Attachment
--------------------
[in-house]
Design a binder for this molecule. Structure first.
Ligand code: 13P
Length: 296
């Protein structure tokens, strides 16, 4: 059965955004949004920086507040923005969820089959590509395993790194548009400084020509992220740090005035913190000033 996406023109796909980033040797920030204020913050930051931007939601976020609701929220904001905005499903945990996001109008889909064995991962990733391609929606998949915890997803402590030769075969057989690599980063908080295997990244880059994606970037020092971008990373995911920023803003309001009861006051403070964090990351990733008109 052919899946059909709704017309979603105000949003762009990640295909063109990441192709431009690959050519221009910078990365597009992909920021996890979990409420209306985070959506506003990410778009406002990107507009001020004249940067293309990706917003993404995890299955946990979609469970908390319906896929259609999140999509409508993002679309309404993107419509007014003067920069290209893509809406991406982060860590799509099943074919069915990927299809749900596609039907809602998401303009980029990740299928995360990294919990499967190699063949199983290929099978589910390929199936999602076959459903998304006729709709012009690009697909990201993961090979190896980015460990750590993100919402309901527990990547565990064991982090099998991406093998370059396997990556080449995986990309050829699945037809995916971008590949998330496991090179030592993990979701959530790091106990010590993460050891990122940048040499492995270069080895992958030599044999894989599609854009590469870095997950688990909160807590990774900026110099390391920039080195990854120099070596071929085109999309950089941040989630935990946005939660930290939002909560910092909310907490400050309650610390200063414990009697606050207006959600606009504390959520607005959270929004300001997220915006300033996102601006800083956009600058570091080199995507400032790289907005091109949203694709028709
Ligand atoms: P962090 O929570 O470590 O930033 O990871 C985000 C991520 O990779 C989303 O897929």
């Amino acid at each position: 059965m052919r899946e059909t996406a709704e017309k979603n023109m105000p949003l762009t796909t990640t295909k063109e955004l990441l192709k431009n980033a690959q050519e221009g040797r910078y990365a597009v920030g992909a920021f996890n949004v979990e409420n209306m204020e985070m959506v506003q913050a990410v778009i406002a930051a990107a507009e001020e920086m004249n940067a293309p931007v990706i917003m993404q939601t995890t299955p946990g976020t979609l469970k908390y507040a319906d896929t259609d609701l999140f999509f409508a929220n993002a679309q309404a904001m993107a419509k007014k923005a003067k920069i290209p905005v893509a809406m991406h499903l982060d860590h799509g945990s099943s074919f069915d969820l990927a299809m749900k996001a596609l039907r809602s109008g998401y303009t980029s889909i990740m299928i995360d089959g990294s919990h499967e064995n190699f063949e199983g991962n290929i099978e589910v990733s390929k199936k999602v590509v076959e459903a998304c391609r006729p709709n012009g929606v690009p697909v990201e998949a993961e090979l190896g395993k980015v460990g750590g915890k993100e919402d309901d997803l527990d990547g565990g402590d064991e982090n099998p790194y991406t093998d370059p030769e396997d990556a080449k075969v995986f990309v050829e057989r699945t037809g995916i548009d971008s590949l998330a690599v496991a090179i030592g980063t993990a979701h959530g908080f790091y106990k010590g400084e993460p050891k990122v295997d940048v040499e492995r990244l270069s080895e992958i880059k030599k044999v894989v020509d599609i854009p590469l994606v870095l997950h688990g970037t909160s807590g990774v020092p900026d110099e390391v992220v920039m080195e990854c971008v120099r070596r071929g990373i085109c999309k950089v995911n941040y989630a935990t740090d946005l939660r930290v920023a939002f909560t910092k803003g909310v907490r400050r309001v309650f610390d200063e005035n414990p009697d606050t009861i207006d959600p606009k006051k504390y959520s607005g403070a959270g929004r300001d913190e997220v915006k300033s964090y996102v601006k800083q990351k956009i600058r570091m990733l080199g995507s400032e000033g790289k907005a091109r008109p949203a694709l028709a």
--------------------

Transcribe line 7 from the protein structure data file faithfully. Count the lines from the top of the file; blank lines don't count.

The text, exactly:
């Amino acid at each position: 059965m052919r899946e059909t996406a709704e017309k979603n023109m105000p949003l762009t796909t990640t295909k063109e955004l990441l192709k431009n980033a690959q050519e221009g040797r910078y990365a597009v920030g992909a920021f996890n949004v979990e409420n209306m204020e985070m959506v506003q913050a990410v778009i406002a930051a990107a507009e001020e920086m004249n940067a293309p931007v990706i917003m993404q939601t995890t299955p946990g976020t979609l469970k908390y507040a319906d896929t259609d609701l999140f999509f409508a929220n993002a679309q309404a904001m993107a419509k007014k923005a003067k920069i290209p905005v893509a809406m991406h499903l982060d860590h799509g945990s099943s074919f069915d969820l990927a299809m749900k996001a596609l039907r809602s109008g998401y303009t980029s889909i990740m299928i995360d089959g990294s919990h499967e064995n190699f063949e199983g991962n290929i099978e589910v990733s390929k199936k999602v590509v076959e459903a998304c391609r006729p709709n012009g929606v690009p697909v990201e998949a993961e090979l190896g395993k980015v460990g750590g915890k993100e919402d309901d997803l527990d990547g565990g402590d064991e982090n099998p790194y991406t093998d370059p030769e396997d990556a080449k075969v995986f990309v050829e057989r699945t037809g995916i548009d971008s590949l998330a690599v496991a090179i030592g980063t993990a979701h959530g908080f790091y106990k010590g400084e993460p050891k990122v295997d940048v040499e492995r990244l270069s080895e992958i880059k030599k044999v894989v020509d599609i854009p590469l994606v870095l997950h688990g970037t909160s807590g990774v020092p900026d110099e390391v992220v920039m080195e990854c971008v120099r070596r071929g990373i085109c999309k950089v995911n941040y989630a935990t740090d946005l939660r930290v920023a939002f909560t910092k803003g909310v907490r400050r309001v309650f610390d200063e005035n414990p009697d606050t009861i207006d959600p606009k006051k504390y959520s607005g403070a959270g929004r300001d913190e997220v915006k300033s964090y996102v601006k800083q990351k956009i600058r570091m990733l080199g995507s400032e000033g790289k907005a091109r008109p949203a694709l028709a």